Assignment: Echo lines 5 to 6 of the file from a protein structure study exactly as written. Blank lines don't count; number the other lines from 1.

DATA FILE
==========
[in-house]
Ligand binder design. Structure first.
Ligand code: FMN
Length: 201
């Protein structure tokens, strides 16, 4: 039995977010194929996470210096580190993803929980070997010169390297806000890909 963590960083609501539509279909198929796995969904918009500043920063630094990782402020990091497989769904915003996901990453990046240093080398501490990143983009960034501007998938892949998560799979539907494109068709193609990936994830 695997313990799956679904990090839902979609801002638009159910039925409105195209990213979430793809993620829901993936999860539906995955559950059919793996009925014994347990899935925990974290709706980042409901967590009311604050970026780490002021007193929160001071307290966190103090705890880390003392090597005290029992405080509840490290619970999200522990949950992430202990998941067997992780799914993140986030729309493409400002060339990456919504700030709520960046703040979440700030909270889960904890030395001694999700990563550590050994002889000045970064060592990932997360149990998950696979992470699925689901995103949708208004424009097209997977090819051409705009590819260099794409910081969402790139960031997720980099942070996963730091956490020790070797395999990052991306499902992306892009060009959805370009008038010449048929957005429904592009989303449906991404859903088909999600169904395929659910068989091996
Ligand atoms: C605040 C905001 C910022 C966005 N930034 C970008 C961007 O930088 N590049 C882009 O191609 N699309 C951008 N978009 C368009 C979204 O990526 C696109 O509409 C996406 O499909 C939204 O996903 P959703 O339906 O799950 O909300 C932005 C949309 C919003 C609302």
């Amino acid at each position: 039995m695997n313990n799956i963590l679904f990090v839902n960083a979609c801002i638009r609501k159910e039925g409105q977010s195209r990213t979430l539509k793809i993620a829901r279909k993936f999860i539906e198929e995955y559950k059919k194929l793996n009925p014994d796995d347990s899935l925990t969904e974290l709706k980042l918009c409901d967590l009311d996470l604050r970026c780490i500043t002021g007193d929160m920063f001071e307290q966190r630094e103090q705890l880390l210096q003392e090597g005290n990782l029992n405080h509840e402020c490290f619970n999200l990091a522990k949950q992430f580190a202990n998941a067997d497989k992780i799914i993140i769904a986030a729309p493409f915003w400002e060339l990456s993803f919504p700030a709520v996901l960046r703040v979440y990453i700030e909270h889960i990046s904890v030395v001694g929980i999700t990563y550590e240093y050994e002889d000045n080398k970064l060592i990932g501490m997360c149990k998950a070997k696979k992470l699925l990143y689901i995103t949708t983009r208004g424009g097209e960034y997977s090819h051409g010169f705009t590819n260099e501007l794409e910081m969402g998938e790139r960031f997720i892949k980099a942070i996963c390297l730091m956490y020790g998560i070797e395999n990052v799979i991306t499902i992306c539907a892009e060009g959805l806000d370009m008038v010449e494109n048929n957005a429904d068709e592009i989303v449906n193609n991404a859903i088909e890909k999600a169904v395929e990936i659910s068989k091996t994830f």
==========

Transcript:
């Protein structure tokens, strides 16, 4: 039995977010194929996470210096580190993803929980070997010169390297806000890909 963590960083609501539509279909198929796995969904918009500043920063630094990782402020990091497989769904915003996901990453990046240093080398501490990143983009960034501007998938892949998560799979539907494109068709193609990936994830 695997313990799956679904990090839902979609801002638009159910039925409105195209990213979430793809993620829901993936999860539906995955559950059919793996009925014994347990899935925990974290709706980042409901967590009311604050970026780490002021007193929160001071307290966190103090705890880390003392090597005290029992405080509840490290619970999200522990949950992430202990998941067997992780799914993140986030729309493409400002060339990456919504700030709520960046703040979440700030909270889960904890030395001694999700990563550590050994002889000045970064060592990932997360149990998950696979992470699925689901995103949708208004424009097209997977090819051409705009590819260099794409910081969402790139960031997720980099942070996963730091956490020790070797395999990052991306499902992306892009060009959805370009008038010449048929957005429904592009989303449906991404859903088909999600169904395929659910068989091996
Ligand atoms: C605040 C905001 C910022 C966005 N930034 C970008 C961007 O930088 N590049 C882009 O191609 N699309 C951008 N978009 C368009 C979204 O990526 C696109 O509409 C996406 O499909 C939204 O996903 P959703 O339906 O799950 O909300 C932005 C949309 C919003 C609302």